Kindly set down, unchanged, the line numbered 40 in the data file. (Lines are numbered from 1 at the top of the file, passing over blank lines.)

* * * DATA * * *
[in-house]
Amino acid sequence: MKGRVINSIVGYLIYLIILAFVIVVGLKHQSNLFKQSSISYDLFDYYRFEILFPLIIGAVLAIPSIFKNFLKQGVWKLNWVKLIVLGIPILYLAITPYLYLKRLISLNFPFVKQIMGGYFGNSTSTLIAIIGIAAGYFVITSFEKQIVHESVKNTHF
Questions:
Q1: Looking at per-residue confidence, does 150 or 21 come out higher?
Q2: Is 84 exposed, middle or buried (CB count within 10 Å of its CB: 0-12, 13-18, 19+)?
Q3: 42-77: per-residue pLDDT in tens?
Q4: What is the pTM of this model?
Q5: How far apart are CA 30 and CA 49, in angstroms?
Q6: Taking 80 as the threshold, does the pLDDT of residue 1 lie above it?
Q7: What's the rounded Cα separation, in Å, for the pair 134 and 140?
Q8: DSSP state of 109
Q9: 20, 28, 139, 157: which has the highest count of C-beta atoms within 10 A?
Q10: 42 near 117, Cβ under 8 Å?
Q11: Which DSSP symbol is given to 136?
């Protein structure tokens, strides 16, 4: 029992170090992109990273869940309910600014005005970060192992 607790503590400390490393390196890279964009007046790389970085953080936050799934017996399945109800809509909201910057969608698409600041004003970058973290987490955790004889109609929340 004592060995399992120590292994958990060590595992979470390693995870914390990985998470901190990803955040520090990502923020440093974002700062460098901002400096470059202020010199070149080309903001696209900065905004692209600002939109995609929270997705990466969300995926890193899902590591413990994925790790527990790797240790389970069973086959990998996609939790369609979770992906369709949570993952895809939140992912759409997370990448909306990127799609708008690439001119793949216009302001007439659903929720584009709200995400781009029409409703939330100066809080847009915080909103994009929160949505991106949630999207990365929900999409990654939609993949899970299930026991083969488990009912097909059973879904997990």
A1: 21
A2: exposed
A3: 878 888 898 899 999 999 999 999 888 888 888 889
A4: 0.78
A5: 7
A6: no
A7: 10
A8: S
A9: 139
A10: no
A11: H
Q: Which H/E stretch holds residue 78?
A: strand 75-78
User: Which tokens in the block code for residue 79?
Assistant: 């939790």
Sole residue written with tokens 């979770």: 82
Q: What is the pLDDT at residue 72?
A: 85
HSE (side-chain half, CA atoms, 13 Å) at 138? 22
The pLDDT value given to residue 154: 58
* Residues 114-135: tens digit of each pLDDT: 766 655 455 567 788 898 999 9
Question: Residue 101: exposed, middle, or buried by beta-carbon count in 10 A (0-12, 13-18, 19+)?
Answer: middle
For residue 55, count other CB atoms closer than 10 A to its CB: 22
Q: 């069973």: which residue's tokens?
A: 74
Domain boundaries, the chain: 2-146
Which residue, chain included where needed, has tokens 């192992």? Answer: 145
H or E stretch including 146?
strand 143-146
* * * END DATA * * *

Q: 């069973």: which residue's tokens?